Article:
A respected Brighton criminologist has criticised the replacement for ASBOs, saying that they could falter unless offenders’ families were offered support.
Professor Peter Squires, an academic at Brighton University, said that the criminal behaviour orders, or “Crimbos”, could also encourage witch-hunts.
The criminal behaviour orders were intended to act as a crime-prevention injunction to enable police and local authorities take action more quickly.
Professor Squires said: “I was always worried that if they ever got rid of the ASBO the government would only bring in something worse – and I think they have.
“What happened with the old ASBOs was that many of them were breached, so eventually they added ‘support orders’ to help them work more effectively.
“But many of these apparently ‘dysfunctional’ people, families and parents needed support, not just to complete the ASBO effectively but more importantly to get their lives in order.
“Without the infrastructure of support, I’m worried the new orders are just setting up more failure.”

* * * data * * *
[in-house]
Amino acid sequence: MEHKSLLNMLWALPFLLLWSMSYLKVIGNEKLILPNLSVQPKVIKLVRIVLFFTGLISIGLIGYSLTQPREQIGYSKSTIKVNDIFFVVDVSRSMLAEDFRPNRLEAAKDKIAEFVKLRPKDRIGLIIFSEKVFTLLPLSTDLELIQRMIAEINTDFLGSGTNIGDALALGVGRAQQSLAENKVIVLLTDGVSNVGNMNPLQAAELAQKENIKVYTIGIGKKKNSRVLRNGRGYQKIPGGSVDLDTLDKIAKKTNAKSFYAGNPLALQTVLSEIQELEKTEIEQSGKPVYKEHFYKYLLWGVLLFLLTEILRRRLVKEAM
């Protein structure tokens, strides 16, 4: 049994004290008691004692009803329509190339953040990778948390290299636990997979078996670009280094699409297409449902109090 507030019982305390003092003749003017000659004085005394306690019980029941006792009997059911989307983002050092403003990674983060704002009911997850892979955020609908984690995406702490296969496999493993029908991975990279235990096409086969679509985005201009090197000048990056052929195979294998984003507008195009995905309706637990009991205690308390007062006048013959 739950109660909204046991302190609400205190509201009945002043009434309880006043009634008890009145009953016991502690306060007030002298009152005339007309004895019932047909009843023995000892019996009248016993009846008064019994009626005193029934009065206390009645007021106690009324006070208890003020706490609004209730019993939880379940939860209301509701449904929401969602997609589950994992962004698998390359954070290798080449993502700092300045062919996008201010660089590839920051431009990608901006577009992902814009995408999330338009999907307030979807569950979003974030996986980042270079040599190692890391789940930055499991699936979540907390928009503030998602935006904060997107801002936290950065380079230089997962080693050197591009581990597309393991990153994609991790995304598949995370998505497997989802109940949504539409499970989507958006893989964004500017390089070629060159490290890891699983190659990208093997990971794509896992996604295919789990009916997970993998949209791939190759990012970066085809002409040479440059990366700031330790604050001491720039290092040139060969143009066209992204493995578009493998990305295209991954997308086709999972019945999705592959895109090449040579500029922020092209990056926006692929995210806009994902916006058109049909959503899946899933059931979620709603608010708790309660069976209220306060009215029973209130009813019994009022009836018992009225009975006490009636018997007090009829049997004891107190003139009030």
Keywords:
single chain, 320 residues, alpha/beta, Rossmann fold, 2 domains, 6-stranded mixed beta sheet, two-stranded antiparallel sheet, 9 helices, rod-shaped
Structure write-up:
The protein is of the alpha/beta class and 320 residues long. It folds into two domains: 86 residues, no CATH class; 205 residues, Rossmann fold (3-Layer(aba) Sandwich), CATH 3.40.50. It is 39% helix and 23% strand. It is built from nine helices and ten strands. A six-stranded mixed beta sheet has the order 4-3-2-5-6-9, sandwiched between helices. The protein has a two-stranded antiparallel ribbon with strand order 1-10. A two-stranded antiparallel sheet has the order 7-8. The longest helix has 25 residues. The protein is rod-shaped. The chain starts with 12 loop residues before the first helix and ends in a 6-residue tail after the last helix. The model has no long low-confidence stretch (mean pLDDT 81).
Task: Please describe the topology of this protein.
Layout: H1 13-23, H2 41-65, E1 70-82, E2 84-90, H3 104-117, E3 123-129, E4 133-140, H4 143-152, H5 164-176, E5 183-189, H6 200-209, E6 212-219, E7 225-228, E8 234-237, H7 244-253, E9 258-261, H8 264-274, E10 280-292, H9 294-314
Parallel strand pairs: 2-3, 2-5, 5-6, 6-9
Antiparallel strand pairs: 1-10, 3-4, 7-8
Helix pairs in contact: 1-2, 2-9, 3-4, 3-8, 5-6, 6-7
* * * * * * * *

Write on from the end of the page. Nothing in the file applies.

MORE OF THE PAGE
Professor Squires, Brighton University’s professor of criminology and public policy, said that there were other potential problems with the new measures.
He also criticised the new community trigger – the provision that the police would have to act if five neighbours signed a complaint, saying: “In some respects, this runs the risk of recrimination against complainants, so there are questions about how well the police will and can respond to this – I suspect it will vary considerably from area to area.
“At the same time, it licenses and potentially legitimates a level of collective intolerance in a climate when we’ve become very censorious and judgmental about the poor and their kids – all of which goes back to deeper public policy problems, particularly inequality and social exclusion – and this could encourage local witch-hunts against unpopular neighbours.
“It has a ring of the lynch mob about it.
“The background to all of this is that crime has been falling overall in England and Wales for over ten years so at one level this is window dressing.
“It attempts to reassure people and to make the police more responsive, but I suspect that, as before, most complaints will come from areas where anti-social behaviour is not necessarily the worst but where the middle classes complain the most – and they are likely to get the best police response … a case of ‘same old, same old’.”